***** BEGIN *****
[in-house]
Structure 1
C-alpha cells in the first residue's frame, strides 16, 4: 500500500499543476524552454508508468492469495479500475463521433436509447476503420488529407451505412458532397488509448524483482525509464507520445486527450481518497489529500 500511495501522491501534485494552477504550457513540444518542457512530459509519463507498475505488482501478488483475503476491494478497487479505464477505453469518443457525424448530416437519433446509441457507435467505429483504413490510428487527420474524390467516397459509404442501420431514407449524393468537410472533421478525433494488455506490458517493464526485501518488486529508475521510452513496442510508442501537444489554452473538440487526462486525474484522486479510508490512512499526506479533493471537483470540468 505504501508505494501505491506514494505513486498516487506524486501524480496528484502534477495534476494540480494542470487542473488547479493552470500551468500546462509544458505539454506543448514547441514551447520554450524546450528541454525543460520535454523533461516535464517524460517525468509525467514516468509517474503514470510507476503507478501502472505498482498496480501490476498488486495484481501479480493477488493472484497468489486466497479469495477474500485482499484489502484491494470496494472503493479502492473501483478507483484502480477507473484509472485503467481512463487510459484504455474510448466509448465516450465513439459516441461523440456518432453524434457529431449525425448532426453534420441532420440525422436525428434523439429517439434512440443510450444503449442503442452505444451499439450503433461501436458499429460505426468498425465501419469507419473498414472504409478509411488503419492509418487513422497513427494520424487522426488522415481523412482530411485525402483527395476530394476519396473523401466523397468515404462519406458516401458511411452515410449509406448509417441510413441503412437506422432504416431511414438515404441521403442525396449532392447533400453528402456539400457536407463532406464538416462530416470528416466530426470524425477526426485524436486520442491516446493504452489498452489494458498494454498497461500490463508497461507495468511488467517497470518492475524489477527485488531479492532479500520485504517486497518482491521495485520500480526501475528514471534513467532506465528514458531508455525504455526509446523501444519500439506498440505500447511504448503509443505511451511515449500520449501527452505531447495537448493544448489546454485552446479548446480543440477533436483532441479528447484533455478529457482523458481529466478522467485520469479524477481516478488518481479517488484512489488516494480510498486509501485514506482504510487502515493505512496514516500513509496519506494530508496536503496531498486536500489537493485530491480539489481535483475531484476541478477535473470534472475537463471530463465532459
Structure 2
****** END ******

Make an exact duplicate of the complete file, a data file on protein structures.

[in-house]
Structure 1
C-alpha cells in the first residue's frame, strides 16, 4: 500500500499543476524552454508508468492469495479500475463521433436509447476503420488529407451505412458532397488509448524483482525509464507520445486527450481518497489529500 500511495501522491501534485494552477504550457513540444518542457512530459509519463507498475505488482501478488483475503476491494478497487479505464477505453469518443457525424448530416437519433446509441457507435467505429483504413490510428487527420474524390467516397459509404442501420431514407449524393468537410472533421478525433494488455506490458517493464526485501518488486529508475521510452513496442510508442501537444489554452473538440487526462486525474484522486479510508490512512499526506479533493471537483470540468 505504501508505494501505491506514494505513486498516487506524486501524480496528484502534477495534476494540480494542470487542473488547479493552470500551468500546462509544458505539454506543448514547441514551447520554450524546450528541454525543460520535454523533461516535464517524460517525468509525467514516468509517474503514470510507476503507478501502472505498482498496480501490476498488486495484481501479480493477488493472484497468489486466497479469495477474500485482499484489502484491494470496494472503493479502492473501483478507483484502480477507473484509472485503467481512463487510459484504455474510448466509448465516450465513439459516441461523440456518432453524434457529431449525425448532426453534420441532420440525422436525428434523439429517439434512440443510450444503449442503442452505444451499439450503433461501436458499429460505426468498425465501419469507419473498414472504409478509411488503419492509418487513422497513427494520424487522426488522415481523412482530411485525402483527395476530394476519396473523401466523397468515404462519406458516401458511411452515410449509406448509417441510413441503412437506422432504416431511414438515404441521403442525396449532392447533400453528402456539400457536407463532406464538416462530416470528416466530426470524425477526426485524436486520442491516446493504452489498452489494458498494454498497461500490463508497461507495468511488467517497470518492475524489477527485488531479492532479500520485504517486497518482491521495485520500480526501475528514471534513467532506465528514458531508455525504455526509446523501444519500439506498440505500447511504448503509443505511451511515449500520449501527452505531447495537448493544448489546454485552446479548446480543440477533436483532441479528447484533455478529457482523458481529466478522467485520469479524477481516478488518481479517488484512489488516494480510498486509501485514506482504510487502515493505512496514516500513509496519506494530508496536503496531498486536500489537493485530491480539489481535483475531484476541478477535473470534472475537463471530463465532459
Structure 2